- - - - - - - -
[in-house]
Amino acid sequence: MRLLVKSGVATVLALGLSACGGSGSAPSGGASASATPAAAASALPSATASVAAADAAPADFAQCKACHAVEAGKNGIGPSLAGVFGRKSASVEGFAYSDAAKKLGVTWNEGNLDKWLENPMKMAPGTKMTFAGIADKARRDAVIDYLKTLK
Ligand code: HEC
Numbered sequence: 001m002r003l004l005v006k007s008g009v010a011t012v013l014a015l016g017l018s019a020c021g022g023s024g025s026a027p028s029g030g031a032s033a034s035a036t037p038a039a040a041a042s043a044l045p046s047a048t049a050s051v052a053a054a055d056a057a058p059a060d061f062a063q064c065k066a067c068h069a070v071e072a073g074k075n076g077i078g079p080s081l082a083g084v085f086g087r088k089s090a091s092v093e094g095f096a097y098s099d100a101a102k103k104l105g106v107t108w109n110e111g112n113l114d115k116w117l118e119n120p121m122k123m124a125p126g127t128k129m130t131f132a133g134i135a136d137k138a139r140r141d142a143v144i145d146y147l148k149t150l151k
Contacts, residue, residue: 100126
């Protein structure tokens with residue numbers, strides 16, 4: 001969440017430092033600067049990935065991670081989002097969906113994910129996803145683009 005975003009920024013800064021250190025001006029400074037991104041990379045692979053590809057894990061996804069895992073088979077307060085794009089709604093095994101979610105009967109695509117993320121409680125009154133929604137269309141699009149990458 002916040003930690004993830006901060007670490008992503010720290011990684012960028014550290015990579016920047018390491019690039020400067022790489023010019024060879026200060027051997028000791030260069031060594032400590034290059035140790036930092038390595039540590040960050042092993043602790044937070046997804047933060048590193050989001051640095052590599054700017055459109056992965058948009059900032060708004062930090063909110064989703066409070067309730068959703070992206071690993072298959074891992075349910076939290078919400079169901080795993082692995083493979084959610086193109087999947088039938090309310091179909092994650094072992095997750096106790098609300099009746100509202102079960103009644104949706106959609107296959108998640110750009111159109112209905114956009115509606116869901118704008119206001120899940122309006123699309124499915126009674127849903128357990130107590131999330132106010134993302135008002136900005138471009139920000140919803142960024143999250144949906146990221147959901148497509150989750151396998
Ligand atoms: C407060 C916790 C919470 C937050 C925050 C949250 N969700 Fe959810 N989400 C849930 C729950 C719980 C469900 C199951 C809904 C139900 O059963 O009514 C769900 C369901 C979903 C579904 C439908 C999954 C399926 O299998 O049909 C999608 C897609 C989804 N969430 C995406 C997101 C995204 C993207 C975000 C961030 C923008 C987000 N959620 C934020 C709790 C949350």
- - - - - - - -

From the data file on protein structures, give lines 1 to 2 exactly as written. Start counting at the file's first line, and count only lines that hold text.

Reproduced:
[in-house]
Amino acid sequence: MRLLVKSGVATVLALGLSACGGSGSAPSGGASASATPAAAASALPSATASVAAADAAPADFAQCKACHAVEAGKNGIGPSLAGVFGRKSASVEGFAYSDAAKKLGVTWNEGNLDKWLENPMKMAPGTKMTFAGIADKARRDAVIDYLKTLK